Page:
Amazon Web Services has launched a new availability zone (and a corresponding data center) in London, its third in the English capital and fiftieth worldwide.
The company first began offering local cloud services in the UK in December 2016; elsewhere in Europe it operates regions in France, Germany and Ireland, each consisting of three data center sites.
The more the merrier
“Today I am happy to announce that we are opening our 50th AWS Availability Zone, with the addition of a third AZ to the EU (London) Region,” AWS chief evangelist Jeff Barr said in a blog post.
“This will give you additional flexibility to architect highly scalable, fault-tolerant applications that run across multiple AZs in the UK.”
The cloud market leader was quick to tout some of its largest British customers, including the BBC, BT, Deloitte and Travis Perkins, with the latter planning to fully migrate all of its data centers to AWS.
AWS also supports the tax collection agency Her Majesty’s Revenue and Customs (HMRC), which was criticized for selecting the cloud provider after previously highlighting Amazon as a business that lowers its taxes through creative and opaque tax avoidance schemes.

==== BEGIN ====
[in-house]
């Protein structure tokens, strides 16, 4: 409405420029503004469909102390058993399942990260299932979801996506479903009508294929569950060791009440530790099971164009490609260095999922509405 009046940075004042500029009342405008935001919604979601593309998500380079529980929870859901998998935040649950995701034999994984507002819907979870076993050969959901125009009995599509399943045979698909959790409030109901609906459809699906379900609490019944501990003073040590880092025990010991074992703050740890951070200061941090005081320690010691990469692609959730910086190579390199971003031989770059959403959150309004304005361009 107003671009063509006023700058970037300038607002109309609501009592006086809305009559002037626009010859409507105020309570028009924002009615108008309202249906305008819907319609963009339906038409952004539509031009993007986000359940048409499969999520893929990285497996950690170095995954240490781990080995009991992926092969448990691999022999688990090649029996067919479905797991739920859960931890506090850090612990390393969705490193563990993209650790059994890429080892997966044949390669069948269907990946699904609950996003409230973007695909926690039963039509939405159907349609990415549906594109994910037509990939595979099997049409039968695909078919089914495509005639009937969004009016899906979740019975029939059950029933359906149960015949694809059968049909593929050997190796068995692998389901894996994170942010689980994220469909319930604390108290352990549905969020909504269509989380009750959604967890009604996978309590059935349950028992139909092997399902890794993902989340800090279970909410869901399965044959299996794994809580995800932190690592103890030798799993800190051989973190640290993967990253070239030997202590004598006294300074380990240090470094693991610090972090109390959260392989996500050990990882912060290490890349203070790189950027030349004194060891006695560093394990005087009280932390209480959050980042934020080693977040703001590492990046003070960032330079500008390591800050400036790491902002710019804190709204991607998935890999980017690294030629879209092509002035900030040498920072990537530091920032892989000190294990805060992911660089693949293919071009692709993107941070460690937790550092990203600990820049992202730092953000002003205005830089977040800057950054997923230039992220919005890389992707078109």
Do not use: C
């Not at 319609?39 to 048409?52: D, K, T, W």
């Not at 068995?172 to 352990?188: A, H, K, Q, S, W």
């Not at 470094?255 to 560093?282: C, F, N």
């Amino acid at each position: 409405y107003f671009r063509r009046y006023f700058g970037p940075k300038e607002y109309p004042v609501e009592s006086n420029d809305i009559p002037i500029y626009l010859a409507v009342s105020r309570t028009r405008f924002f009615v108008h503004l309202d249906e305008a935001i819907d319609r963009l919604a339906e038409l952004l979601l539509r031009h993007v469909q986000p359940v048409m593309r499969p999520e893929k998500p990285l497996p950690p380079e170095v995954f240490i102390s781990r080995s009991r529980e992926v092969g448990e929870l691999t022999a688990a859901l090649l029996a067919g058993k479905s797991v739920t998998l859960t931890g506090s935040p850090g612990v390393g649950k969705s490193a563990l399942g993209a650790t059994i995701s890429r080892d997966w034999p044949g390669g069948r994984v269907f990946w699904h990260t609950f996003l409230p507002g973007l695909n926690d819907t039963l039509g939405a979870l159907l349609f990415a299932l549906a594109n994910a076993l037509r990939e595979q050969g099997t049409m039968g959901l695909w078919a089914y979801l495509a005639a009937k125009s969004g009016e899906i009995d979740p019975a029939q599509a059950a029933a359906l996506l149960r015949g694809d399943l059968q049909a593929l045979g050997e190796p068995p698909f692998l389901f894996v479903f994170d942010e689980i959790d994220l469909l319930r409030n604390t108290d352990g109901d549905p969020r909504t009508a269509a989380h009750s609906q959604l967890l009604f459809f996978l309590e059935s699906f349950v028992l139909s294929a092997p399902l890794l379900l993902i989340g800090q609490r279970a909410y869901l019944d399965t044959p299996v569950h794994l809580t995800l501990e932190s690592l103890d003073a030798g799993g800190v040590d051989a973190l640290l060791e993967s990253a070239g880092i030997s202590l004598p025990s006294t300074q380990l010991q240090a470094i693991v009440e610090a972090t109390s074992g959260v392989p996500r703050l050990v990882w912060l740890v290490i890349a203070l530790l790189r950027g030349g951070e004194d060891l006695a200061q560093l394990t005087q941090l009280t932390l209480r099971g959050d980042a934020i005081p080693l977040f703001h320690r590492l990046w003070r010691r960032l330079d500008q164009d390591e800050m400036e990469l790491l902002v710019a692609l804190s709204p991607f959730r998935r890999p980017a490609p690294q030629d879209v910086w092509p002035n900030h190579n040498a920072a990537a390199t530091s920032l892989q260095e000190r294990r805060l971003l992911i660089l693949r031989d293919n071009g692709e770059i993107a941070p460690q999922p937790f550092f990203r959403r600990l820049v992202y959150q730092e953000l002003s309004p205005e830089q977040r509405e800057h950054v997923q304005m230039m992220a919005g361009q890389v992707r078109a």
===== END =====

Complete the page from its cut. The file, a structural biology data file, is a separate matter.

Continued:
With HMRC at one point accounting for 81 percent of cloud service provider DataCentred’s revenue, its shift to the public cloud also led to DataCentred declaring bankruptcy.
AWS hopes to gain further public sector clients, with Barr saying: “The AWS EU (London) Region has achieved Public Services Network (PSN) assurance, which provides UK Public Sector customers with an assured infrastructure on which to build UK Public Sector services.
“In conjunction with AWS’s Standardized Architecture for UK-OFFICIAL, PSN assurance enables UK Public Sector organizations to move their UK-OFFICIAL classified data to the EU (London) Region in a controlled and risk-managed manner.”